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Friends of local food and econony, meet the locavores at Les Amis du Fromage

Locavores watch out! Les Amis du Fromage, a Vancouver based artisan cheese retailer/wholesaler has found some innovative ways to source locally while building community. Below is an article I wrote that was recently published on GranvilleOnline.ca

Local cheese retailer stands out not only for its vast selection of highly coveted cheeses but also its community outreach

I love talking with entrepreneurs and hearing their stories of how their business started, developed and grew. Sitting down with Allison Spurrell and Joe Chaput from Les Amis du Fromage, a Vancouver-based cheese and gourmet food retailer, I was immediately engaged by their passion not only for food, but also people and community.

Social interaction is a huge part of business, and building community in what we do and how we do it is key to success. Not only are all Les Amis products high quality but they also teach us a valuable lesson in how to live a good life.

Originally running a catering company with her mother, Alice Spurrell, Allison told me that she liked to include a considerable selection of cheese, with wine pairings, as part of their catering events. Their selections proved popular, and it wasn’t long before word spread and other caterers started asking if they could buy cheese from them.

The cheese industry in Canada restricts the amount of product imported into the country to protect producers nationally. With the major cheese importers in Montreal and Toronto, it’s not easy as a Vancouver-based business to get its hands on large amounts of specialty cheese.

But by establishing relationships early on with the importers, having great taste and setting herself up as a cheese expert, Allison was in a great position to help local restaurants and catering companies obtain a vast selection of high quality imported cheeses, besides servicing local consumers through their retail locations.

At any given time Les Amis could have anywhere between 400–600 varieties of cheese in their cellar. This has helped them build a great reputation in town as a leading supplier and resource for all things cheese.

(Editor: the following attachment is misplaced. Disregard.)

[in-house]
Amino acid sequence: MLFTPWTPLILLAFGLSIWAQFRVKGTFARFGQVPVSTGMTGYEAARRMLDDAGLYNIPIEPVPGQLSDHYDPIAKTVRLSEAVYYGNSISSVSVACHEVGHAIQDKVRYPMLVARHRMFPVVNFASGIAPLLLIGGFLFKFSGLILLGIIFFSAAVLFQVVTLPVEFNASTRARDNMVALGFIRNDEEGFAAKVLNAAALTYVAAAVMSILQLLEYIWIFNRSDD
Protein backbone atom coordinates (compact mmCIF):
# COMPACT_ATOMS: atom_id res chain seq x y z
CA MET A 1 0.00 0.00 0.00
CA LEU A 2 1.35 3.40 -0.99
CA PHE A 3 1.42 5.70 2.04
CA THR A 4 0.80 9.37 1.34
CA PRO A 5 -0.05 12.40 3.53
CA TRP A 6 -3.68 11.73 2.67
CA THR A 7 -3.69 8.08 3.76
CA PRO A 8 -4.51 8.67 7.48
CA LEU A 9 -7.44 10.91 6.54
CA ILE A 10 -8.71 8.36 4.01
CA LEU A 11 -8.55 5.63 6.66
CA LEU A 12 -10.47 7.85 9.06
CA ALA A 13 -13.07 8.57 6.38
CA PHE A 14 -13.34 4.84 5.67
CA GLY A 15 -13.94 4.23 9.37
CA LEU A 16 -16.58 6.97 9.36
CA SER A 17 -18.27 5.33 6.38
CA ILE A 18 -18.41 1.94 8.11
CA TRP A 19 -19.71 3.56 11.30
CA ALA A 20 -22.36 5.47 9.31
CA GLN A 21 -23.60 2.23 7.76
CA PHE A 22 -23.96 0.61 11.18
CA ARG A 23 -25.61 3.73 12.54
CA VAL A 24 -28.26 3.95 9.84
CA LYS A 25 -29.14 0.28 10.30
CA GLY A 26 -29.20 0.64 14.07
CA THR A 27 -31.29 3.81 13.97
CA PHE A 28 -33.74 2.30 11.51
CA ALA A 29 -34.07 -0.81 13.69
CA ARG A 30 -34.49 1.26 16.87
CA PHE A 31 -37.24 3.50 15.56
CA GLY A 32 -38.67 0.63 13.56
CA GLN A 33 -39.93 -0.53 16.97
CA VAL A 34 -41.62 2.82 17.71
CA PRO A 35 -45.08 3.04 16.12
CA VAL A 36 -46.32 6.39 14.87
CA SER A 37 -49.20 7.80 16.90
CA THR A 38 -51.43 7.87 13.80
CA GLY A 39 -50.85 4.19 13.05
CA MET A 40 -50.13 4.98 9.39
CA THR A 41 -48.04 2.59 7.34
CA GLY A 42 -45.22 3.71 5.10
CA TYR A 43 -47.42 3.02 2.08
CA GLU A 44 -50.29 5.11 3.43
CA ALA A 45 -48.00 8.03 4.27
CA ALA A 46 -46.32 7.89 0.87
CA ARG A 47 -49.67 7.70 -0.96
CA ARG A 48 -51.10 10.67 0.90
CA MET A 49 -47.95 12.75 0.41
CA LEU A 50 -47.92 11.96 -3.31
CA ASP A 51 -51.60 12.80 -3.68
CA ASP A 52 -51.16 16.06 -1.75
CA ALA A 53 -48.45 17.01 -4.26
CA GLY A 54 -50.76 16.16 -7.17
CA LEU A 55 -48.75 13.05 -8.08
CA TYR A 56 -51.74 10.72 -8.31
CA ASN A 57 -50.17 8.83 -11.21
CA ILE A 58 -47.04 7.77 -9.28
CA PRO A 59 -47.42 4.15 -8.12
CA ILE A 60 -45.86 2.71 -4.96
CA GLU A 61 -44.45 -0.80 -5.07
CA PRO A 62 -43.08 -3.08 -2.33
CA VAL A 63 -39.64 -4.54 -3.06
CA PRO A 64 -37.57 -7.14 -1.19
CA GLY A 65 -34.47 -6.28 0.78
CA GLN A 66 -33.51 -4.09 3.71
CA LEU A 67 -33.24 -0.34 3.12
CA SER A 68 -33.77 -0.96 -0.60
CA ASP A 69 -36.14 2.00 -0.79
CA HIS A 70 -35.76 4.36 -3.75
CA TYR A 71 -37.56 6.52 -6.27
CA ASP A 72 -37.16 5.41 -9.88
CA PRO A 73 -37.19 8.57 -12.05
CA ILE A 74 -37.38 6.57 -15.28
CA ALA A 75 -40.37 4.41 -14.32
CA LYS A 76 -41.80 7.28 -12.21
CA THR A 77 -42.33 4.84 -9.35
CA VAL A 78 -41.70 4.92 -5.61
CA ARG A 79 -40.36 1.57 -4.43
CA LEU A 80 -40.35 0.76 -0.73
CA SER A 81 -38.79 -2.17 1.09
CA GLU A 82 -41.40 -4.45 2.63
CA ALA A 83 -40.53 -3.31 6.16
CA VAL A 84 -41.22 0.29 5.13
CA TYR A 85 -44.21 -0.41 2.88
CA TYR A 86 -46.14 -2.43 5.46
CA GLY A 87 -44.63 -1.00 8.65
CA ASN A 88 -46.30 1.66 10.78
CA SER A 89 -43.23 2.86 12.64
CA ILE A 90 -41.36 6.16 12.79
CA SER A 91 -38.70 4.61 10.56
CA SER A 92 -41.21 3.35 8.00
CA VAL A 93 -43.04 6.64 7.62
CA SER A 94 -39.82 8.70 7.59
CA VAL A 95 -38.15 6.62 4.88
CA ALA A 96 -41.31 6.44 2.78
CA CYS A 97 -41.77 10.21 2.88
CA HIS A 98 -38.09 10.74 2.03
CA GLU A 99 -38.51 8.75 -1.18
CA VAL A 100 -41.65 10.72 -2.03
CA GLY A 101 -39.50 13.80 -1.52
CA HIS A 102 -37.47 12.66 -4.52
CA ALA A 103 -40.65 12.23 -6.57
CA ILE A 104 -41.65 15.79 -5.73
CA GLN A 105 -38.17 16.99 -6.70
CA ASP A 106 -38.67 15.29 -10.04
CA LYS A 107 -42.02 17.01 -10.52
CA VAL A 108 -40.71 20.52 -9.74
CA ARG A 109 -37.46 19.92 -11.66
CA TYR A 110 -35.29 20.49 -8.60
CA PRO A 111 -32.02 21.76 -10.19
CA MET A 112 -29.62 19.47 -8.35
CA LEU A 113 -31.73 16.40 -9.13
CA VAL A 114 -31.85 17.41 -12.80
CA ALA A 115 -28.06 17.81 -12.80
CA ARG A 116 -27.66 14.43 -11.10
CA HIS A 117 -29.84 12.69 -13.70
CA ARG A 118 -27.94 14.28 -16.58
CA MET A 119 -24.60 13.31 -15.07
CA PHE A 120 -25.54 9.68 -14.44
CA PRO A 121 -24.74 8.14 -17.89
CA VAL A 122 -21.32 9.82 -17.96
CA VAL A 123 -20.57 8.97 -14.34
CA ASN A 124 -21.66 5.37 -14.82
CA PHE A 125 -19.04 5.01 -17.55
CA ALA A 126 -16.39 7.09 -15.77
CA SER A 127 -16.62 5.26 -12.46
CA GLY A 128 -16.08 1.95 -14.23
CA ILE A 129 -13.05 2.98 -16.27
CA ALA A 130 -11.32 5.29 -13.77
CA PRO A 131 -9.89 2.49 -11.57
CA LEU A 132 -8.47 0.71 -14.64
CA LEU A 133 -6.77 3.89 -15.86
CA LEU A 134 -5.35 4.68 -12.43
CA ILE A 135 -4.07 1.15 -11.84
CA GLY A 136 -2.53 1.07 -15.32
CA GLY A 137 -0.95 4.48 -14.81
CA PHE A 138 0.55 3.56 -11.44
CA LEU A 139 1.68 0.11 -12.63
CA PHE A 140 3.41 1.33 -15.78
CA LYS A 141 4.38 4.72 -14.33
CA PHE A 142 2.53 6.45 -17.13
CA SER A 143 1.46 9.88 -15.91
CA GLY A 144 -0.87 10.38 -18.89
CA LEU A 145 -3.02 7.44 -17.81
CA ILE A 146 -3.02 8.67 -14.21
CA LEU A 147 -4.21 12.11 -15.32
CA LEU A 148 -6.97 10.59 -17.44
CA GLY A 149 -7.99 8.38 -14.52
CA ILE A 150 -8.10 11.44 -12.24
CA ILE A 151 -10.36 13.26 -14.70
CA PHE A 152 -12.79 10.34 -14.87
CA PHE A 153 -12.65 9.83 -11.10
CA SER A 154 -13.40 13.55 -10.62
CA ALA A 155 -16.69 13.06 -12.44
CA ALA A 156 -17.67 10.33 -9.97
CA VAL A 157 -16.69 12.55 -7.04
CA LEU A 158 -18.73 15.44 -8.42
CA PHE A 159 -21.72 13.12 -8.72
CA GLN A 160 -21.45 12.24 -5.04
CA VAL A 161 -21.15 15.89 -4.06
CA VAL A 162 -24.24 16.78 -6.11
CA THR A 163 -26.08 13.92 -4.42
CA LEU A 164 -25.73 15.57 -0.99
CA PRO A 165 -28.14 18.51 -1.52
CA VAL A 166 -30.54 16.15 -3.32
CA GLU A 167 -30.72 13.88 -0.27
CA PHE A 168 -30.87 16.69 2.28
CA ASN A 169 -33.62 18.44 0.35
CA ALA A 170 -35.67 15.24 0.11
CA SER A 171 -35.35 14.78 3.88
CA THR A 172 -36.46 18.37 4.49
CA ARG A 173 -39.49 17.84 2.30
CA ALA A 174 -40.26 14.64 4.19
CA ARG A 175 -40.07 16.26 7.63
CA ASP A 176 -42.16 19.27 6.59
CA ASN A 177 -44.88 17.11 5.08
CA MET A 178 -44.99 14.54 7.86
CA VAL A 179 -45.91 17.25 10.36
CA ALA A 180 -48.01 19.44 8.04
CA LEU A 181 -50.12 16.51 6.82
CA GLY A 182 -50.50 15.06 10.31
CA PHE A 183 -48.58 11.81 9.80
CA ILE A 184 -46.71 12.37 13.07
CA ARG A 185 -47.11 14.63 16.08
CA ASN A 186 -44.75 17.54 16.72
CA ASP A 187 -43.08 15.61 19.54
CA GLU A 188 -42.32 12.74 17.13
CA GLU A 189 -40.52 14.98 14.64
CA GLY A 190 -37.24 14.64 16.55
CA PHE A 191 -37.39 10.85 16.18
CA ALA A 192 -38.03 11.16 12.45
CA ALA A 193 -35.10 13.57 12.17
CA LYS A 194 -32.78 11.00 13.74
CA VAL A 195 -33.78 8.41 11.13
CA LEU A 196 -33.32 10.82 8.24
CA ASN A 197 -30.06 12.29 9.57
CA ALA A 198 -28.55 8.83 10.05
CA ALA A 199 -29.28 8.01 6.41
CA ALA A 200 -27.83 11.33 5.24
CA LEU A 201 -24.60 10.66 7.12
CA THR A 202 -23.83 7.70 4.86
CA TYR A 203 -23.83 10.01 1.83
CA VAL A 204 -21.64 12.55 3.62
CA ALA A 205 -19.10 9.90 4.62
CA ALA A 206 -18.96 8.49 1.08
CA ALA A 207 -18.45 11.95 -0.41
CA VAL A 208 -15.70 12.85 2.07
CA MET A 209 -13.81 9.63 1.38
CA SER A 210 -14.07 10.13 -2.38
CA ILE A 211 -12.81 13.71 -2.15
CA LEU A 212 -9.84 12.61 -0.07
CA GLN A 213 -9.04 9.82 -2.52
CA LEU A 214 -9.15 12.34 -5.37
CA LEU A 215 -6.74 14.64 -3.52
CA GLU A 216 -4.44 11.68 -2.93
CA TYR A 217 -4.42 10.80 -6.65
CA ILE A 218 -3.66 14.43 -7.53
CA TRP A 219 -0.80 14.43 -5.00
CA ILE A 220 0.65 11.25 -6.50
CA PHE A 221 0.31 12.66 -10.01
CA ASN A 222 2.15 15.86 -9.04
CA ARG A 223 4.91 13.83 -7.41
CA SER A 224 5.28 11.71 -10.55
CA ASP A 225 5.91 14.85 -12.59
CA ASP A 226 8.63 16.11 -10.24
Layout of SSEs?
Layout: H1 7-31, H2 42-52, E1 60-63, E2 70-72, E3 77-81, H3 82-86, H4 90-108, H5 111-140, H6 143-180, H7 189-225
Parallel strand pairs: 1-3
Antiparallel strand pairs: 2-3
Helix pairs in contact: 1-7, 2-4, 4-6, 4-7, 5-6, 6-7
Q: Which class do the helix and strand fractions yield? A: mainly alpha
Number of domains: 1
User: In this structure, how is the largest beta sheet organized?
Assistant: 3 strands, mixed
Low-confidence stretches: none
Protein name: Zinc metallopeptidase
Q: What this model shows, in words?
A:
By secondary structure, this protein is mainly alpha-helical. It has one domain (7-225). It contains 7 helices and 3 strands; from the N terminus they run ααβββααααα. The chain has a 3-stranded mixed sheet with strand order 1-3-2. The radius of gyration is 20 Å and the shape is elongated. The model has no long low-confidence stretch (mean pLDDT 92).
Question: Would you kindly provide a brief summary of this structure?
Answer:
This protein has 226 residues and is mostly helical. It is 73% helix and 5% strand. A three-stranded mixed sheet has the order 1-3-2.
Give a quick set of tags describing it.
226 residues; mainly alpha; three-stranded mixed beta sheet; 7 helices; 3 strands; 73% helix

Will trade for cheese!

Founded in 1886, Strathcona is one of the oldest residential neighbourhoods in Vancouver and, because of its age, is home to many heritage homes with mature fruit trees.

“I just put the word out,” says Joe, and it was easy to find a neighbour with bushels of extra plums that they were willing to trade for cheese from the shop.

Joe went on to make his exclusive Strathcona Italian Plum Chutney a seasonal artisan product sold in their shops and also served in their restaurant, Au Petit Chavignol (843 East Hastings St), which serves tasty wine, cheese, charcuterie and other delicacies. On occasion I go into their shop on East Hastings to buy local cheese for my company Saul Good Gift Co.’s gourmet gift baskets and was instantly a big fan.

Their 2009 experiment was so successful they’ve decided to expand their product line this coming season. With figs, quince, pears and apples all being grown in Strathcona, I’m excited to see what else they come up with besides the plum chutney.

Part of the SOLEfood Urban Farm community

Besides having a long list of interested families looking to trade their extra fruit this season for tasty cheese, Joe has made a commitment to be a distribution channel for SOLEfood Urban Farm, an exciting inner-city green jobs program training and employing inner city residents in horticulture. According to Seann Dory, the project manager employed by United We Can, the farm will operate as an enterprising non profit that will sell produce to create revenue to help finance the social enterprise.

Be on the lookout for locally grown, heritage salad greens being served on the plates in Au Petit Chavignol in the near future!